The greatest used class of compounds used in dyestuffs are azo compounds. There are azo dyes that have been found to be potential carcinogens. These were first regulated in the EU by Germany and the list is commonly called the German banned dye list. If a product has not been made using these compounds, it is sometimes called azo free. It is misleading, since the number of dyes on that list is very small as compared to the total number of azo dyes which are still used.
In short, some azo-based dyes (Azo dye group III A1 and A2) shed carcinogenic aryl amines as the garments are worn (they contain metallic elements) creating health risks, according to the Federal Institute for Risk Assessment. Azo-dyed garments may also contain toxic chemicals such as chlorine bleach.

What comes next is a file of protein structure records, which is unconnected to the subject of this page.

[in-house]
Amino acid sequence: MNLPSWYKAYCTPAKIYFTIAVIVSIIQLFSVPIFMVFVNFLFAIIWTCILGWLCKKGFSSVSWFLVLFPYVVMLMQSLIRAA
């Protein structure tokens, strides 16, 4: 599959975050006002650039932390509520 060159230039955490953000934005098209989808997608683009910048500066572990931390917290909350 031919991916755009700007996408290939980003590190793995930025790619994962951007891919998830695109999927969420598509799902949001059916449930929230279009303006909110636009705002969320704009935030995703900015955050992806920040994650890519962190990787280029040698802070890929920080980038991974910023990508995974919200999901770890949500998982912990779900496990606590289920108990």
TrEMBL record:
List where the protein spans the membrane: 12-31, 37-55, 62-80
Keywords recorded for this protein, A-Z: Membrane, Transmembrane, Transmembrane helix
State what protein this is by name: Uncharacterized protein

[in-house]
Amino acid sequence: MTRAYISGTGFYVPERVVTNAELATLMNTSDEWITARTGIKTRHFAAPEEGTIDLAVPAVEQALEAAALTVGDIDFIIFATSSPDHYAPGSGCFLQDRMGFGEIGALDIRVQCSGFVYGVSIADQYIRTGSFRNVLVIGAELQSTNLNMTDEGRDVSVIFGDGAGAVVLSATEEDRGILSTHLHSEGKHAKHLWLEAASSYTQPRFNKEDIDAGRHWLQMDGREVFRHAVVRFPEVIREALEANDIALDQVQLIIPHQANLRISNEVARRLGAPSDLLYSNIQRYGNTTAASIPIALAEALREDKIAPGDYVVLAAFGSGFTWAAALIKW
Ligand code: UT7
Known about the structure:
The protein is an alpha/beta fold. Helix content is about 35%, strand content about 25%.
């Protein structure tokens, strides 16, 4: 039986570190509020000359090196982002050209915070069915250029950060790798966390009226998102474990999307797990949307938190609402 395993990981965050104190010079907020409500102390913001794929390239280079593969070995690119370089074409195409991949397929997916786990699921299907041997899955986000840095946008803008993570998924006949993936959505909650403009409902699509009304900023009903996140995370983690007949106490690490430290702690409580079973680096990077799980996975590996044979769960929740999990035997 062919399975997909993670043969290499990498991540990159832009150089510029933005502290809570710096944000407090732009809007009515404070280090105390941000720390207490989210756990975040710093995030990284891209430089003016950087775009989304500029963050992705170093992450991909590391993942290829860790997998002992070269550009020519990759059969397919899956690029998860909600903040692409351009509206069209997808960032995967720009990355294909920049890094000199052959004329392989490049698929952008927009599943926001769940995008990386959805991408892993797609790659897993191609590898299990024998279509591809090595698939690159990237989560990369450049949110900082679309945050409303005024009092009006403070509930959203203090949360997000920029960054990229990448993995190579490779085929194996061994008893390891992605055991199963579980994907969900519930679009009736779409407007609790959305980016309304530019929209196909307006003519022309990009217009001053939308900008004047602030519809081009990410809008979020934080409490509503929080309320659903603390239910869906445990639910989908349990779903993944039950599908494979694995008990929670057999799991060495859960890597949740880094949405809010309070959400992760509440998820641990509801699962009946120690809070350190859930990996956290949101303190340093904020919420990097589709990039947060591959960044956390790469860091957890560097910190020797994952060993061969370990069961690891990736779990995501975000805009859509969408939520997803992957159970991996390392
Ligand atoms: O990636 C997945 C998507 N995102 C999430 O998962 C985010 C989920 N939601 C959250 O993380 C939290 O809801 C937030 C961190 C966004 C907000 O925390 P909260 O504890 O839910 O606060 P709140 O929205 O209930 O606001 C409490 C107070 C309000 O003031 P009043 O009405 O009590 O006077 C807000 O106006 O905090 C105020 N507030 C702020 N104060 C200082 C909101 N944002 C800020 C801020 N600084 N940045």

For example, your vibrant yellow sweater may contain an azo dye with 4-hydro-xyphenylazobenzene, or 1,2,4-trichlorobenzene (and you didn't have to pay extra!).
Given that baby's skin has a natural sensitivity and an undeveloped derma, the health risk of exposure to aromatic azo dyes is very high. The key benefit of azo-free dyes is the removal of the metallic component, which can create a textile-induced chemical sensitivity, or worse.